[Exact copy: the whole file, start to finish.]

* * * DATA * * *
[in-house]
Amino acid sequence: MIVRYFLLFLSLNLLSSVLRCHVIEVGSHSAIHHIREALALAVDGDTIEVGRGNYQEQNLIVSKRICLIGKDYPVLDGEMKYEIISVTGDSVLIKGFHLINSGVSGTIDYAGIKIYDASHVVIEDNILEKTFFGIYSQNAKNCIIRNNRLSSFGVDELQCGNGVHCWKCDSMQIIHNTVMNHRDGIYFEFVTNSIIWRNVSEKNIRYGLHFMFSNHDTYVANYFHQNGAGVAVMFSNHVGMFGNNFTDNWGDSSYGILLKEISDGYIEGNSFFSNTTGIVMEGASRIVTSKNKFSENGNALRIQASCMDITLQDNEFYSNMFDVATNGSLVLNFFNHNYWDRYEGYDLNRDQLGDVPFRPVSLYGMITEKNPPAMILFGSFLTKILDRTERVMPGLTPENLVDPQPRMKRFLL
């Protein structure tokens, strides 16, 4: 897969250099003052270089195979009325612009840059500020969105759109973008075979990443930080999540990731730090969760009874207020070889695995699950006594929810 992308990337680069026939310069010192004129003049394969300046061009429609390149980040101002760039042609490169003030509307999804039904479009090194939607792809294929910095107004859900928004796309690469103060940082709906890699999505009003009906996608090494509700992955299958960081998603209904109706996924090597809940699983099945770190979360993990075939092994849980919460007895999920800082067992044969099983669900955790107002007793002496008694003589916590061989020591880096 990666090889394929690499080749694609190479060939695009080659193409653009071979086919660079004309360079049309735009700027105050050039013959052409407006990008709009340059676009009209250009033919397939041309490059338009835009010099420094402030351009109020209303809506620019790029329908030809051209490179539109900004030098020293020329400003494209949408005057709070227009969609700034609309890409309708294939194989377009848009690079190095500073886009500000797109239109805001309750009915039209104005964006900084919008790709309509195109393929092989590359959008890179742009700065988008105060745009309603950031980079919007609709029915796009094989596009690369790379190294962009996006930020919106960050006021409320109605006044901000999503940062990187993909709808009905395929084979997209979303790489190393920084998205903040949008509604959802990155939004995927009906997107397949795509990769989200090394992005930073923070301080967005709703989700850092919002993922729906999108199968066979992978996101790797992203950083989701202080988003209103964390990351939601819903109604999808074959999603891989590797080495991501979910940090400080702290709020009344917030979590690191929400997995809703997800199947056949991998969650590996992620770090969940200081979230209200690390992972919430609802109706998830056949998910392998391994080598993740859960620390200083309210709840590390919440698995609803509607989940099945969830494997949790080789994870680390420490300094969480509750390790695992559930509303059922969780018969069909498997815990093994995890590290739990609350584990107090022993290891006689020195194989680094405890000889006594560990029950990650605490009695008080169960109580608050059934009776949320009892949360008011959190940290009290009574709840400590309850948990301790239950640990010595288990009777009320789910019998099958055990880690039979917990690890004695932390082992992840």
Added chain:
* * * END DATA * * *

[in-house]
Amino acid sequence: MIVRYFLLFLSLNLLSSVLRCHVIEVGSHSAIHHIREALALAVDGDTIEVGRGNYQEQNLIVSKRICLIGKDYPVLDGEMKYEIISVTGDSVLIKGFHLINSGVSGTIDYAGIKIYDASHVVIEDNILEKTFFGIYSQNAKNCIIRNNRLSSFGVDELQCGNGVHCWKCDSMQIIHNTVMNHRDGIYFEFVTNSIIWRNVSEKNIRYGLHFMFSNHDTYVANYFHQNGAGVAVMFSNHVGMFGNNFTDNWGDSSYGILLKEISDGYIEGNSFFSNTTGIVMEGASRIVTSKNKFSENGNALRIQASCMDITLQDNEFYSNMFDVATNGSLVLNFFNHNYWDRYEGYDLNRDQLGDVPFRPVSLYGMITEKNPPAMILFGSFLTKILDRTERVMPGLTPENLVDPQPRMKRFLL
């Protein structure tokens, strides 16, 4: 897969250099003052270089195979009325612009840059500020969105759109973008075979990443930080999540990731730090969760009874207020070889695995699950006594929810 992308990337680069026939310069010192004129003049394969300046061009429609390149980040101002760039042609490169003030509307999804039904479009090194939607792809294929910095107004859900928004796309690469103060940082709906890699999505009003009906996608090494509700992955299958960081998603209904109706996924090597809940699983099945770190979360993990075939092994849980919460007895999920800082067992044969099983669900955790107002007793002496008694003589916590061989020591880096 990666090889394929690499080749694609190479060939695009080659193409653009071979086919660079004309360079049309735009700027105050050039013959052409407006990008709009340059676009009209250009033919397939041309490059338009835009010099420094402030351009109020209303809506620019790029329908030809051209490179539109900004030098020293020329400003494209949408005057709070227009969609700034609309890409309708294939194989377009848009690079190095500073886009500000797109239109805001309750009915039209104005964006900084919008790709309509195109393929092989590359959008890179742009700065988008105060745009309603950031980079919007609709029915796009094989596009690369790379190294962009996006930020919106960050006021409320109605006044901000999503940062990187993909709808009905395929084979997209979303790489190393920084998205903040949008509604959802990155939004995927009906997107397949795509990769989200090394992005930073923070301080967005709703989700850092919002993922729906999108199968066979992978996101790797992203950083989701202080988003209103964390990351939601819903109604999808074959999603891989590797080495991501979910940090400080702290709020009344917030979590690191929400997995809703997800199947056949991998969650590996992620770090969940200081979230209200690390992972919430609802109706998830056949998910392998391994080598993740859960620390200083309210709840590390919440698995609803509607989940099945969830494997949790080789994870680390420490300094969480509750390790695992559930509303059922969780018969069909498997815990093994995890590290739990609350584990107090022993290891006689020195194989680094405890000889006594560990029950990650605490009695008080169960109580608050059934009776949320009892949360008011959190940290009290009574709840400590309850948990301790239950640990010595288990009777009320789910019998099958055990880690039979917990690890004695932390082992992840």
Added chain: